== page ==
British Columbia Advocacy Campaign

We need you to become involved in BC Education and Medication Advocacy Campaigns

What Can You Do To Help?

Please share this Flyer with others

To bring awareness to these issues we need you to do one of the following things:

  • Meet with your MLA or write a letter to your MLA
  • Write a letter to: Dr. Heidi Oetter Registrar, College of Physicians & Surgeons of British Columbia, 300 669 Howe Street, Vancouver, BC V6C 0B4 (regarding the prescribing guidelines)
  • Meet with or write a letter to your School Trustee to educate them on the issues
  • Write a letter to the editor of your local or regional paper

The Current Situation in ADHD Stimulant Medication Treatment in BC

The College of Physicians and Surgeons of BC (CPSBC) has developed guidelines for the safe prescribing of drugs with potential for misuse and diversion. These guidelines were clearly developed for the prescribing of opiates. CADDAC and CADDRA both applaud this effort.

However, stimulant medication for the treatment of ADHD and benzodiazepines for the treatment of anxiety have also been included in these guidelines. Unfortunately this has resulted in the development of guidelines for the prescribing of stimulant ADHD medication treatment with a view of ADHD through a lens of addiction rather than a mental health disorder.

Your physician is being required to:

  • Check your current medication profile through Pharmanet.
  • Order yearly random urine tests. This means that with 24 hour notice the patient would need to present themselves at a lab for a routine drug screen. This drug test screens for opioids, amphetamines (found in ADHD amphetamine medication), and THC (found in cannabis). Screening cannot be done for Methylphenidate based medication. Other  drugs can be requested as well. The patient is given a special sample bottle, must go into a room without their wallet or coat.
  • Alternately, or in addition to urine tests, conduct random pill counts requiring the patient to bring in the prescribed pills for counting on a specific day.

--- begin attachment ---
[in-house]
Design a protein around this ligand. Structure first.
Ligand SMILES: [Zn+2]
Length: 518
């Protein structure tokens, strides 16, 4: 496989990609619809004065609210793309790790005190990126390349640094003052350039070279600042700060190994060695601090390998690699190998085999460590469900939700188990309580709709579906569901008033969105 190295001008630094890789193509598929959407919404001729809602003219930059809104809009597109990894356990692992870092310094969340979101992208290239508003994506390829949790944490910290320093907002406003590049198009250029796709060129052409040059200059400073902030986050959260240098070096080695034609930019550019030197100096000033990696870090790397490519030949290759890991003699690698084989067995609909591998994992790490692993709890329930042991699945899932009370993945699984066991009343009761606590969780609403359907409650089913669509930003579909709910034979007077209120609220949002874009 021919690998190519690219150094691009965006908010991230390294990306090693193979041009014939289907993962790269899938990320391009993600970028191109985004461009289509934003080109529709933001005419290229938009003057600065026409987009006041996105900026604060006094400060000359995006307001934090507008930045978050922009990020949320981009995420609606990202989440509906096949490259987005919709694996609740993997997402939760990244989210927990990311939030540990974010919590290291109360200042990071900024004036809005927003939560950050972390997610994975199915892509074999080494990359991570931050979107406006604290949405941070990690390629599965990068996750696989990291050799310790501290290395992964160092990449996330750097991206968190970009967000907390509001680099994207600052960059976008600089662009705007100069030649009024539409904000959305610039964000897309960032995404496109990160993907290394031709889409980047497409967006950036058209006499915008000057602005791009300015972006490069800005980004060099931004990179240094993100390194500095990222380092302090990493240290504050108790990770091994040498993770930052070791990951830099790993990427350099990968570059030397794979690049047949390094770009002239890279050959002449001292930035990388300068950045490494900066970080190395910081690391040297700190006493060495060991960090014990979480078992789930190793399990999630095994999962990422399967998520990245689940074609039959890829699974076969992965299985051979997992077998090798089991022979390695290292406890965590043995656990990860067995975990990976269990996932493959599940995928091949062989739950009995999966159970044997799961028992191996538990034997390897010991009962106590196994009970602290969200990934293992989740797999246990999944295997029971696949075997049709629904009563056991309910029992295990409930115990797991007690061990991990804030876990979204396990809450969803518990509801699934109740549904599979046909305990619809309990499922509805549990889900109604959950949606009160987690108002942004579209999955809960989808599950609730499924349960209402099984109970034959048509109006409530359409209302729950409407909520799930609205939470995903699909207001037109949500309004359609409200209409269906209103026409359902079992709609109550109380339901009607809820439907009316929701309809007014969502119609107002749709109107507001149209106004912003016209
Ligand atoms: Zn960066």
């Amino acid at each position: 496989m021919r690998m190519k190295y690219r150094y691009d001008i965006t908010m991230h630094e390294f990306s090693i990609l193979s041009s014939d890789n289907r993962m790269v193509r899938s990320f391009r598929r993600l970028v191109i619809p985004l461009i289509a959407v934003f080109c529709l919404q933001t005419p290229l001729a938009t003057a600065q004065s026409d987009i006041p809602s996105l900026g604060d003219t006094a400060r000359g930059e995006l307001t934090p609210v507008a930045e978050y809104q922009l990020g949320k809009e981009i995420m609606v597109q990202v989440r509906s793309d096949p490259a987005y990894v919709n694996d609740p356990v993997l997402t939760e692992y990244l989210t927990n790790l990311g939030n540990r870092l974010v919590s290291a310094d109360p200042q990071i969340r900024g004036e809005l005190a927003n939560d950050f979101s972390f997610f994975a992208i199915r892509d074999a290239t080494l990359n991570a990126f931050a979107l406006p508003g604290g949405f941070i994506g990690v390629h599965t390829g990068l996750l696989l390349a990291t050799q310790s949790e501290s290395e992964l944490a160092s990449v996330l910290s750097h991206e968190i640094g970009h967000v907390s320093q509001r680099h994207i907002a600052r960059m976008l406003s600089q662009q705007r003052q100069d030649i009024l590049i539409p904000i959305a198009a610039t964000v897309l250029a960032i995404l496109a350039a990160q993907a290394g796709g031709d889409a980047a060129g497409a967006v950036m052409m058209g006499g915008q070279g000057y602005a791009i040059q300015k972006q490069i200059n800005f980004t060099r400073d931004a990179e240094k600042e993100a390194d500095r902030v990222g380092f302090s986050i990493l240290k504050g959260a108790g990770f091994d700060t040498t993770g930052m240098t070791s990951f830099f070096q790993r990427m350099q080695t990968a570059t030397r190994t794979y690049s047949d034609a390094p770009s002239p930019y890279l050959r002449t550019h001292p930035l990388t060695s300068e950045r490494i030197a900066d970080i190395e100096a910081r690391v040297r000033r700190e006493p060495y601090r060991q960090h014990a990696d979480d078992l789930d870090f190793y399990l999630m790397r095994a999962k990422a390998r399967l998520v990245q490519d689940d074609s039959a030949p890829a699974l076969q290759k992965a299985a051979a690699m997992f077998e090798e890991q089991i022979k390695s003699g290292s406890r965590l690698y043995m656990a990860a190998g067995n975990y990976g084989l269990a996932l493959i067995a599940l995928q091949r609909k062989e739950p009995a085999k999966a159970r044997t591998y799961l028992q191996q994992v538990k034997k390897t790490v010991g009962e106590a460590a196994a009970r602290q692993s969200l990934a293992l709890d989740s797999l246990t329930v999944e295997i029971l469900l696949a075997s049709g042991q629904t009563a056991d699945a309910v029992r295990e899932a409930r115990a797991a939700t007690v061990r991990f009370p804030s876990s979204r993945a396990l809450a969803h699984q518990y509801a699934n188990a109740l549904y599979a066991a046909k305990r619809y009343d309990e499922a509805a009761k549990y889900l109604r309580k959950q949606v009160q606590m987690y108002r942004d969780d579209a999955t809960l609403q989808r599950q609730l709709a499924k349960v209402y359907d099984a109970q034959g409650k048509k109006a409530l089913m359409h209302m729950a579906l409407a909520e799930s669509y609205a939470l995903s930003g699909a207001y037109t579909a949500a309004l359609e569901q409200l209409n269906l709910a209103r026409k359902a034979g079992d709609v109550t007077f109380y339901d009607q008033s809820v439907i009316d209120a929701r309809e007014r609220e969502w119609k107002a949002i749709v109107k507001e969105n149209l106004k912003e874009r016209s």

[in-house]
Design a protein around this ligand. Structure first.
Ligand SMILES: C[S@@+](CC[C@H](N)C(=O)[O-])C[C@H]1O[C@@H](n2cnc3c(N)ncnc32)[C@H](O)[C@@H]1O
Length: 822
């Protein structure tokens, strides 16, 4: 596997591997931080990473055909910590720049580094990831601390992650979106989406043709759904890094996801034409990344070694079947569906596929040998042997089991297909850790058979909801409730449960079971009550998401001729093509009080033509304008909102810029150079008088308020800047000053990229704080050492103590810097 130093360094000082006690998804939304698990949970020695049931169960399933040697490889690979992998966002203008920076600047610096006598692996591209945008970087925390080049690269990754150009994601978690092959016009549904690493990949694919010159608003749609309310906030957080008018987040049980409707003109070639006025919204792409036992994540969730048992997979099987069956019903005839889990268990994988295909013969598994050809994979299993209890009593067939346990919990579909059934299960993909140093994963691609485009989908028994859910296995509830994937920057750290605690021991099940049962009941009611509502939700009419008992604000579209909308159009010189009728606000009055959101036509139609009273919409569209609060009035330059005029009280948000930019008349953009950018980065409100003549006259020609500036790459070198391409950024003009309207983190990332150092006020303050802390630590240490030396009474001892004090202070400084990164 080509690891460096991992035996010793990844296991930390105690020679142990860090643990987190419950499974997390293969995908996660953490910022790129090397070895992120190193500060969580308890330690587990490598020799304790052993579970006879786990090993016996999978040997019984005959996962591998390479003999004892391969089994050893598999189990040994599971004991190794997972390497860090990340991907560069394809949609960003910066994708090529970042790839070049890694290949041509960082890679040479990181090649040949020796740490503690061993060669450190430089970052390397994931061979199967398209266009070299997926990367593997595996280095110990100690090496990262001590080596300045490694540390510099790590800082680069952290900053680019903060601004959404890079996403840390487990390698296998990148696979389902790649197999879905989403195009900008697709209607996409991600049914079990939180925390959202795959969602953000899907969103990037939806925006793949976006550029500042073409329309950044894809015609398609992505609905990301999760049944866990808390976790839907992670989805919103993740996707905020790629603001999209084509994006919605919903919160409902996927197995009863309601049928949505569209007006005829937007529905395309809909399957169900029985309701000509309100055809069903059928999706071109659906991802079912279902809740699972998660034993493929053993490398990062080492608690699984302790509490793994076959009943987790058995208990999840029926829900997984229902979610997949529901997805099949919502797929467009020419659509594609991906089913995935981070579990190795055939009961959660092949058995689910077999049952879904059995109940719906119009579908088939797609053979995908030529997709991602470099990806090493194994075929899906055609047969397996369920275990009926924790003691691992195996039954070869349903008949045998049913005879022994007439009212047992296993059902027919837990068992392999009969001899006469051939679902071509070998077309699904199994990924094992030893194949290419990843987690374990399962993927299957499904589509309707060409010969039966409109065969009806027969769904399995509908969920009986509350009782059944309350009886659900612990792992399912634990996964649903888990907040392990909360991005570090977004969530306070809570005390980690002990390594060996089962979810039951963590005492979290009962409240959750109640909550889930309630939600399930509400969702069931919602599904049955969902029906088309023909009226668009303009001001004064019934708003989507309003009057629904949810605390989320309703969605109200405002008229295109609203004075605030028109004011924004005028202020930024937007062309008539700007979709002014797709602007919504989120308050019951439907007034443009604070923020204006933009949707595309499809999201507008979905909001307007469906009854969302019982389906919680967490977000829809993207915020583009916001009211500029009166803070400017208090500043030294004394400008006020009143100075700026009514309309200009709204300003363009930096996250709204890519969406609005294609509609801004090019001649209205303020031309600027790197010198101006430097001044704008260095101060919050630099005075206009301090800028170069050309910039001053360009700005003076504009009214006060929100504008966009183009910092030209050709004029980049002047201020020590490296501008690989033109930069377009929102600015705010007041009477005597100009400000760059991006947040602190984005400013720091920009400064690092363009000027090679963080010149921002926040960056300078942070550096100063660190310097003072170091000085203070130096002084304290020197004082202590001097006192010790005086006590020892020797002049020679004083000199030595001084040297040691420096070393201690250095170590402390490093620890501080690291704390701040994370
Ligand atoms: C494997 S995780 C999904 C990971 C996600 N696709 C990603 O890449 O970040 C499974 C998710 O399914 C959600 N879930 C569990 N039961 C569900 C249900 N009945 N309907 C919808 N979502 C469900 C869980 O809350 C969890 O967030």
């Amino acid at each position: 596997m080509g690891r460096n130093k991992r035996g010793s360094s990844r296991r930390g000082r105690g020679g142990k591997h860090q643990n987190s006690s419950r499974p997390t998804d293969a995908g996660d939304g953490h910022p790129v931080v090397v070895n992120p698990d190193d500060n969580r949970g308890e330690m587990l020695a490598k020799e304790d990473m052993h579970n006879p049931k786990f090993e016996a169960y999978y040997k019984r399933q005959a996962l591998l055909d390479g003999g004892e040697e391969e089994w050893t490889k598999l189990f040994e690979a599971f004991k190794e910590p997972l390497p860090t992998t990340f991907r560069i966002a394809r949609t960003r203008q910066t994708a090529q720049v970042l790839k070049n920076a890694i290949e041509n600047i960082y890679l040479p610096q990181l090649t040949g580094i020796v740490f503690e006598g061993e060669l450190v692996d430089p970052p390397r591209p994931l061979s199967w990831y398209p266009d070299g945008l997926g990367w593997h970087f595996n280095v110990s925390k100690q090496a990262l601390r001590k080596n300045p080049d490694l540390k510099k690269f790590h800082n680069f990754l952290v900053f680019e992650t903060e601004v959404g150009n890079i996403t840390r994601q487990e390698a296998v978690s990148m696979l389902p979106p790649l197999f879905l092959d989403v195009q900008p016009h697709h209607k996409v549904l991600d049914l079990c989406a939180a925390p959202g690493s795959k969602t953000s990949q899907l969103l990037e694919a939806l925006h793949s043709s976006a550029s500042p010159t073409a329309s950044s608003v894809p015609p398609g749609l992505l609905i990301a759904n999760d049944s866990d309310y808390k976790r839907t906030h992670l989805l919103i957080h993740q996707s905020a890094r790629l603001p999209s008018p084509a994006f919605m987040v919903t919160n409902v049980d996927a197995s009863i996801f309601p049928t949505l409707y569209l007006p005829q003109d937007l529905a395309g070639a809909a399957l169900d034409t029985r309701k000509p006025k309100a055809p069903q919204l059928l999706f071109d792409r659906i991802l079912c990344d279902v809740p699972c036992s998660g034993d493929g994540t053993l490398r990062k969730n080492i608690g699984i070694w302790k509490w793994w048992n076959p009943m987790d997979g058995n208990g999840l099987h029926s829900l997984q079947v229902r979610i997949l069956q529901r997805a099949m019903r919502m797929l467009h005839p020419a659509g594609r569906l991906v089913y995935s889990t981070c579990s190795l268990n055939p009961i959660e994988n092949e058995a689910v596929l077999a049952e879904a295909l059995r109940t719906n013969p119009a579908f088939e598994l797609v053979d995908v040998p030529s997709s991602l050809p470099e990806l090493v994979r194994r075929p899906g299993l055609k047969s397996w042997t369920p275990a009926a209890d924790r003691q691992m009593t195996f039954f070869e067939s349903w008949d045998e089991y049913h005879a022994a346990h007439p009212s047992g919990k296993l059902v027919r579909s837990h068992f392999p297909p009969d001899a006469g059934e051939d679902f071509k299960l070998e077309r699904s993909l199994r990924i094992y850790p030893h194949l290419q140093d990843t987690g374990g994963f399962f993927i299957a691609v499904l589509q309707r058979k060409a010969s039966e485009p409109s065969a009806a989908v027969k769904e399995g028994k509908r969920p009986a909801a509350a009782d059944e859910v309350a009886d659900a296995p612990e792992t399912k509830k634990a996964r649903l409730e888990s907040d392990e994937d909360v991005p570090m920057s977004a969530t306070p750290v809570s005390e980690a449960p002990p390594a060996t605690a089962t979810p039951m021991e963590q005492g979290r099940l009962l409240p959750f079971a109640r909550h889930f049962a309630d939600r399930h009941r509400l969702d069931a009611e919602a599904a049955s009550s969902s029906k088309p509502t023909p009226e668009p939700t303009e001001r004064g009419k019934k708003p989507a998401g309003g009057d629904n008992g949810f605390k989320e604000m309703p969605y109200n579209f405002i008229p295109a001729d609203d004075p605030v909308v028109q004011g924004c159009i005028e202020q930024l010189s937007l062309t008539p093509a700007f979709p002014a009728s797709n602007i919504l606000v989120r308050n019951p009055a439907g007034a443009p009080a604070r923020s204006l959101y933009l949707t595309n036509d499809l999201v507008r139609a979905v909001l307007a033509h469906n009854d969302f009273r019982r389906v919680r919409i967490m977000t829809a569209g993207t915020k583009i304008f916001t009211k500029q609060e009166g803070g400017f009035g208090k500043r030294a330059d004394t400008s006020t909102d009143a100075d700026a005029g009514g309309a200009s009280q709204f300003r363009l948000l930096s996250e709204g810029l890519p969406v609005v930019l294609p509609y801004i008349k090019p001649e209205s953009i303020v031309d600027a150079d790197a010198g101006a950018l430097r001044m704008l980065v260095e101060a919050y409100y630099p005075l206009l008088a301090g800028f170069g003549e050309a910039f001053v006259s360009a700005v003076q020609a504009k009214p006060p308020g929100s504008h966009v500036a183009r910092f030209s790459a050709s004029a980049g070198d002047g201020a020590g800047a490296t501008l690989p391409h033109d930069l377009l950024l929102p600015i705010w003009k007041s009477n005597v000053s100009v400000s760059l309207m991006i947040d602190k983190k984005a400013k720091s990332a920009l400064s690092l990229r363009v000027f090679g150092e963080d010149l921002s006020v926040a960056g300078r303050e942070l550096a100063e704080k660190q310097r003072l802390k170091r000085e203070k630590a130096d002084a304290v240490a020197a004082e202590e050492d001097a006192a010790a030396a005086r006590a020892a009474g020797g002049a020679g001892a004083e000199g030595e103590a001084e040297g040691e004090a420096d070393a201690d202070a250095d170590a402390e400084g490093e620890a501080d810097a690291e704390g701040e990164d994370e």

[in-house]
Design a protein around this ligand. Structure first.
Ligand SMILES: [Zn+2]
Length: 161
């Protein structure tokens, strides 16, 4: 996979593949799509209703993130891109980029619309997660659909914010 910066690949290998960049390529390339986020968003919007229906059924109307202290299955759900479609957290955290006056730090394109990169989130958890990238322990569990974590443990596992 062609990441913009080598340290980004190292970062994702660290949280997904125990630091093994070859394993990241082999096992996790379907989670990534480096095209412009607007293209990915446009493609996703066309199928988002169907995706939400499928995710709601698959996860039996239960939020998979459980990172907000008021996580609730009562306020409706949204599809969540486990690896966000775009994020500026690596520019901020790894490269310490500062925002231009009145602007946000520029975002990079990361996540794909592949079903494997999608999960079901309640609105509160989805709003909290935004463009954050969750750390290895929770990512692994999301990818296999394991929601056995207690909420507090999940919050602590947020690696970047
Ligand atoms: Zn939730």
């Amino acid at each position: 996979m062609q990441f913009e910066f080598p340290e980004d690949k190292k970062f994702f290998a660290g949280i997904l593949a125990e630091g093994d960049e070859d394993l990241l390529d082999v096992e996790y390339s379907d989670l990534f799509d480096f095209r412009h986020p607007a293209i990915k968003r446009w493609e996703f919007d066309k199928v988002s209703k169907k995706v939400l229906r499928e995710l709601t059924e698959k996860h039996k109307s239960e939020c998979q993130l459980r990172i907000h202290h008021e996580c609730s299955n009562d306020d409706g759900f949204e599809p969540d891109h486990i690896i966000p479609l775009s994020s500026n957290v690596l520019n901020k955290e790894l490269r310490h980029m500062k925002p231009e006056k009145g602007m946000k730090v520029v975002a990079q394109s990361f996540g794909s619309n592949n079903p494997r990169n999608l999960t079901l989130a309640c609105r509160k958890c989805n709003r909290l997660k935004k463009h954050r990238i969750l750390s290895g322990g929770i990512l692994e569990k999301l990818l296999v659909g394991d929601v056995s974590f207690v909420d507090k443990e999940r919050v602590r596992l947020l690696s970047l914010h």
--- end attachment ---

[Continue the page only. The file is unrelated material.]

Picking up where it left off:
Physicians in BC will no longer be able to:

  • Prescribe stimulants used to treat ADHD with anxiety medications (benzodiazepines) or sedative hypnotics used to treat sleep problems
  • Prescribe more than 3 months of medication at one time

Why is this a problem?

  • This will result in the stigmatization and shaming of patients with ADHD and their families as well as inconvenience these families
  • Yearly urine drug screening and/or pill counts for ADHD have no benefit unless the physician suspects addictions. If so, addiction protocols are already in place.
  • We anticipate a decline in the number of family physicians and paediatricians willing to continue prescribing stimulant medication. These guidelines promote the perception that prescribing stimulant mediation is a problem with similar risks to prescribing opiates. There is no data or research to back up this perception.
  • We have seen a steep decline in the number of stimulant ADHD medications being prescribed in BC resulting in more untreated ADHD. The resulting side effects and socioeconomic costs of untreated ADHD have been well documented.
  • ADHD and anxiety medications will not be able to be prescribed together.
  • ADHD medication and certain pain medications will not be able to be prescribed together. This will prevent the prescribing of pain medication for those with ADHD after an injury or surgery.
  • Increased costs to BC healthcare for unnecessary tests and additional physician visits.

The request for follow-up by a physician every three months and limiting prescribing amounts to three months is not seen as an issue.

The Current Situation in BC Education

When CADDAC meets with government officials to advocate for needed changes to improve the lives of families with ADHD CADDAC is told that change will only happen through the interest of our elected officials.

On December the 4th 2017 CADDAC met with Minister Fleming and his staff to discuss ADHD in BC schools, our recent policy paper, the highly anticipated new BC Special Education guidelines, placing ADHD in a standalone category.

Here is a summary of what the Minister and his staff shared with CADDAC.

The guidelines in special education have been delayed due the change in government and a full review going forward in K to 12 funding. CADDAC was assured by the Minister that they intend to move forward with ADHD as a standalone category which would allow students with ADHD to receive IEPs. During the process of reviewing funding they will be reaching out to stakeholder groups after they complete their financial consultation. They will be informing CADDAC on a timeline for submissions. Deputy Minister Laura Sampson will be staying in touch to up-date CADDAC on these issues.

If you are interested in ensuring that changes to the special education guidelines move forward, you need to let your MLA and School Trustee know.

Access Documents that CADDAC has Developed to Assist You in Your Efforts and How to Find Your MPP